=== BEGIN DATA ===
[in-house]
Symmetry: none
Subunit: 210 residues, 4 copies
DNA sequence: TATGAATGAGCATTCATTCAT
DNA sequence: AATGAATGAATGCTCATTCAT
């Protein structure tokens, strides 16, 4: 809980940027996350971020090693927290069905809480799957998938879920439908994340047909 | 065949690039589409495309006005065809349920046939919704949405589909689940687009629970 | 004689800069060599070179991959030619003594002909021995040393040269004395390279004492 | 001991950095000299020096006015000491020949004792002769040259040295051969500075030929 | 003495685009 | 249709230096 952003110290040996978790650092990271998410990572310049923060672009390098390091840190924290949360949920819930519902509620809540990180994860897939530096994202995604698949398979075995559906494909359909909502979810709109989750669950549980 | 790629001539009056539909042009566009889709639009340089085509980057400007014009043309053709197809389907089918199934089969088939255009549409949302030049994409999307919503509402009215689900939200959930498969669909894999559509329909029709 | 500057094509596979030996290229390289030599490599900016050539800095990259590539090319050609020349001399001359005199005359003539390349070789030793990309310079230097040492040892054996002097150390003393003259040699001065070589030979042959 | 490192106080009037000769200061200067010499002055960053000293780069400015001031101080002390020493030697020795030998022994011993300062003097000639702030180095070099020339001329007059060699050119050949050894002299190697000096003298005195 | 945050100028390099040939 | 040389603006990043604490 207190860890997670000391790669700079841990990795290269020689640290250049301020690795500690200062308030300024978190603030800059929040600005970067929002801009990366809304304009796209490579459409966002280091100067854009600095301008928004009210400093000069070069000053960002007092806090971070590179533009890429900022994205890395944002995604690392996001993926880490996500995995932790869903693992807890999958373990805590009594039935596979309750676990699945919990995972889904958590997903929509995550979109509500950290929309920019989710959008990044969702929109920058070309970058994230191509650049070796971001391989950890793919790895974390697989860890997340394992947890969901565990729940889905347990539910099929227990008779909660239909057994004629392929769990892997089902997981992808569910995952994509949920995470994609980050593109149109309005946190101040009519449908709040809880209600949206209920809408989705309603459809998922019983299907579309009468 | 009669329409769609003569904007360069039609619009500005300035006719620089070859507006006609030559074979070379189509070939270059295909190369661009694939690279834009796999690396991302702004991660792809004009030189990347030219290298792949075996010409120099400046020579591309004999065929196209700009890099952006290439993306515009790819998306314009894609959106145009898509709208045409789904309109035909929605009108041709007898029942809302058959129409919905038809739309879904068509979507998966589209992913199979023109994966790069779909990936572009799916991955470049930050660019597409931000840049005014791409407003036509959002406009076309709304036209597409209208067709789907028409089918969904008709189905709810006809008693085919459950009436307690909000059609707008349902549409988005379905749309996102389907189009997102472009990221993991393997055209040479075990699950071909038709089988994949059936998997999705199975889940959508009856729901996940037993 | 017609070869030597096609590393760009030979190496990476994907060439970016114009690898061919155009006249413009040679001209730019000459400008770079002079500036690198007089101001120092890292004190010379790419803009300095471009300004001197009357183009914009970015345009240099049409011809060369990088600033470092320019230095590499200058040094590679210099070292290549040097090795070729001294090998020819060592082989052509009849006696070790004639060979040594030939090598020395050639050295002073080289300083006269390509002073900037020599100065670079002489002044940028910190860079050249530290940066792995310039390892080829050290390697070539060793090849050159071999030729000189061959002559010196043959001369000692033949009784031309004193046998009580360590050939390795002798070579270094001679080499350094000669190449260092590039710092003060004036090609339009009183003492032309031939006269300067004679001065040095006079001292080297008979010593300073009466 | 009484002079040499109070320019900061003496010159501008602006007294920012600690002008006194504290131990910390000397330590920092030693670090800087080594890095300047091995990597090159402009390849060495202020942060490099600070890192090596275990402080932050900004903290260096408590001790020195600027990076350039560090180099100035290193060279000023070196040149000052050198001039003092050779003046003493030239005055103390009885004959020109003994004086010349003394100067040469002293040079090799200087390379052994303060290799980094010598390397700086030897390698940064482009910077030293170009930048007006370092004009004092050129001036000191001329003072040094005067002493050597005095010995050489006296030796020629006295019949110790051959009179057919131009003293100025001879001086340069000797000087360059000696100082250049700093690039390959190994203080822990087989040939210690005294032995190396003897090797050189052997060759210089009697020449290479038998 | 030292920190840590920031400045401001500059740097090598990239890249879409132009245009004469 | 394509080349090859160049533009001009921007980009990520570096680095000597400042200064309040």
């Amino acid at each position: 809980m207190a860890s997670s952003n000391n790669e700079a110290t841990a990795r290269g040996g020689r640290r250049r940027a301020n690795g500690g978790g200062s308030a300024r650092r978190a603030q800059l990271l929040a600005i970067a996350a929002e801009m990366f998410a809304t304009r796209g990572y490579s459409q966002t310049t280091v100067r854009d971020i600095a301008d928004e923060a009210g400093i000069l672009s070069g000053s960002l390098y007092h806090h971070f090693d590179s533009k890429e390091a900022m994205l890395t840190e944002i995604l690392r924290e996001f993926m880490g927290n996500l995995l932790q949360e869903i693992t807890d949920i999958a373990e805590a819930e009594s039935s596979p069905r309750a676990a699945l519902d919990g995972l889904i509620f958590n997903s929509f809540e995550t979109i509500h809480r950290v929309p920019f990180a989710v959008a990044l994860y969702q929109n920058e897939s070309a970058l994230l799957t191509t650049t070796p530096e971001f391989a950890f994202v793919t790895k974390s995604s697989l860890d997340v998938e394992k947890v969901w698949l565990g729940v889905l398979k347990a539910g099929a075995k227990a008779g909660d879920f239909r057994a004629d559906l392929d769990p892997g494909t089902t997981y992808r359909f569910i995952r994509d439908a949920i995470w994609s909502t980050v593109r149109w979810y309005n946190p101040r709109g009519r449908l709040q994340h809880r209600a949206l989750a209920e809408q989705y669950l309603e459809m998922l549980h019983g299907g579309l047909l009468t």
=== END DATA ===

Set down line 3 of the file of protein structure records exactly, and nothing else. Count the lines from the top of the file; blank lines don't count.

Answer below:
Subunit: 210 residues, 4 copies